Simon Toyne, author of the first in the Ruin trilogy Sanctus, returns with book two in the series and The Key is every bit as compelling as the first.

A vertical mountain of carved rock, The Citadel of Ruin is the oldest continually inhabited edifice known to Man, and the seat of the Catholic Church.

After the events detailed in Sanctus, an explosion has left three people with intimate knowledge of the secret of the Sacrament, previously only known to a handful of elevated Santi monks.

One of those three is New Jersey journalist Liv Adamsen, who traveled to Ruin to find the truth surrounding the death of her Sancti brother. As The Key opens, Liv lies in a hospital bed, suffering the effects of post-traumatic amnesia. Four doors away, survivor number two, Kathryn Mann, nearly deaf from the explosion, ponders her fate and that of her only son, Gabriel, survivor number three.

In the Vatican City, The Group, composed of three world financial heads, hastily meet with their fourth member, Cardinal Secretary Clementi. Clementi holds his own key: to the Vatican’s Bank. He’s used the Church’s independence and secrecy for the past years to hide the practices of past centuries that have left the Church rich in priceless arts and property but virtually without cash.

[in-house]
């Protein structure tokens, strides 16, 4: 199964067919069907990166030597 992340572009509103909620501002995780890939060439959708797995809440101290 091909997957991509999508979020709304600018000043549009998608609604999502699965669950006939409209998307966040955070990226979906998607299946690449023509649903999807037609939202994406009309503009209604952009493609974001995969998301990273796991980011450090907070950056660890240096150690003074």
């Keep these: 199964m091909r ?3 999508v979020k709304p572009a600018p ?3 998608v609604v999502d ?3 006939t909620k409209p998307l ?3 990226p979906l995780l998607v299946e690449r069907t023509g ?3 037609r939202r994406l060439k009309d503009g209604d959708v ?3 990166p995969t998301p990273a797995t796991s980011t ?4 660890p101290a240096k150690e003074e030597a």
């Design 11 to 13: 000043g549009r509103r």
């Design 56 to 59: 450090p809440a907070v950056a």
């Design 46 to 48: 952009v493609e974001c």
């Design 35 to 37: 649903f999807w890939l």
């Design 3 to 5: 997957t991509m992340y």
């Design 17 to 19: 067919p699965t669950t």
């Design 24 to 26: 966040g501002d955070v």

For The Group, Liv and the others represent ticking time bombs, threatening to destroy their carefully crafted plan. While inside The Citadel, with the abbot and prelate both dead from the explosion, elections must take place to secure The Citadels’ hierarchy. But their centuries-old secrets are slowly unraveling, as disease spreads and with it, unrest inside the compound.

The Key sucks you in, with its detailed settings and complex sense of history and traditions. The Globe and Mail says:  This is a gripping read, as fast-paced as any action movie and covering Rome to Ruin, and New York to the Middle East deserts, as Toyne fits together his complicated plot until it all makes horrible and terrific sense.